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Re: Meaning of sysread()

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May 25, 2003 10:10
Re: Meaning of sysread()
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In article <>,
	Kurt Starsinic <> writes:
>     Just once more, I'd like to assert that sysread() should do
> whatever C's read() does, however weird or broken that may or may
> not be on any given platform.  Its only usefulness that I can see
> is to "do a read that works the same as in my C program".

I disagree actually. I think the primary raison d'etre for sysread()
is to write socket programs (or a tty or any other stream without
guaranteed data availability). If you just sysread from such a stream
to get some data when it becomes available, there is no real problem
with any of the interpretations. But a very important use is select/poll
which means that if select says it's readable, from a sysread you want 
  1) an error
  2) a zero length read indicating EOF
  3) >=1 which means actual data.

Now suppose select() triggered and only a single CR is available. 
What should sysread do ?
 - return 0 which will be misinterpreted as EOF -> unacceptable
 - return 1 which will cause it to see a single CR, while in fact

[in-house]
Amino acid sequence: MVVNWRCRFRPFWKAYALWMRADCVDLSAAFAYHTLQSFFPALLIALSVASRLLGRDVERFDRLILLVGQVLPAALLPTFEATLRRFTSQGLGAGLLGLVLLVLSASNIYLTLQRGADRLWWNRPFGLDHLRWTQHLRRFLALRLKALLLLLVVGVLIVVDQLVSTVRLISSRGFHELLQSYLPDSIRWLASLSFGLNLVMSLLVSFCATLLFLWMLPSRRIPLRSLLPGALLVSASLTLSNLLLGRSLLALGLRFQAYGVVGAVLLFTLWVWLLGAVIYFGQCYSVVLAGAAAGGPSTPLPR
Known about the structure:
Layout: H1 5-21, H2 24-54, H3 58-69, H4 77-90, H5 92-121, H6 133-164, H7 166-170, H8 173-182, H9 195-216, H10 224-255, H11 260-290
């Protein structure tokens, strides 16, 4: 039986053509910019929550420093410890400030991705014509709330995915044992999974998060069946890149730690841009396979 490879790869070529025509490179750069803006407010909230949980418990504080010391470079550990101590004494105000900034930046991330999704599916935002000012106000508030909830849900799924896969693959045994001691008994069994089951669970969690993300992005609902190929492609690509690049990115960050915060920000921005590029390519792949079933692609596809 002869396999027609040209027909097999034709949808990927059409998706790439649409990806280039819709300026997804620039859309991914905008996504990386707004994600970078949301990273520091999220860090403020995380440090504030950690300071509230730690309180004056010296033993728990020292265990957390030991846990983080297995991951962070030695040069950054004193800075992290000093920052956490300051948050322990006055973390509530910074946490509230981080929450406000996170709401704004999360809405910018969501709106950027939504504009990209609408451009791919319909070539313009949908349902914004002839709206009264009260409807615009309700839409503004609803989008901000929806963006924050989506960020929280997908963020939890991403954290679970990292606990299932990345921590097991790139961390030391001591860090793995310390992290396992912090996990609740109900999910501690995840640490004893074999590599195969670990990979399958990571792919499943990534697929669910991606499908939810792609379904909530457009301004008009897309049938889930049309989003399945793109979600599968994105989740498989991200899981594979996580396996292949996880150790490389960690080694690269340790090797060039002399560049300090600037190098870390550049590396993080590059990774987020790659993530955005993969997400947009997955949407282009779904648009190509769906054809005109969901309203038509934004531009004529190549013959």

a LF may still be on its way -> unacceptable
 - block until the situation clears which is unacceptable in a 
   select/poll program
 - return -1 with errno EAGAIN and squirrel the CR into a buffer,
   and then fake the next sysread -> ugly but acceptable

The same sort of argument of course goes for UTF8 on any OS.
Something must be decided for a multi-byte character where only
some of the bytes arrived yet.

But this style of socket programming is just too important and ought
to work out of the box.

So either:
  - just define sysread() to have byte semantics
  - in perlio (or using libc) play the errno=EAGAIN game for CRLF
    and UTF8 (but keep byte semantics available for binmode handles)

If either of these actually describes what libc read() does, fine. But
I think it's more important to have the above semantics than a guarantee
that perl sysread is libc read (if they differ, they could be added to

(I don't actually care which of these styles is chosen as long as 
the default socket sysread() has byte semantics (for backward 
compatibility on unix systems))

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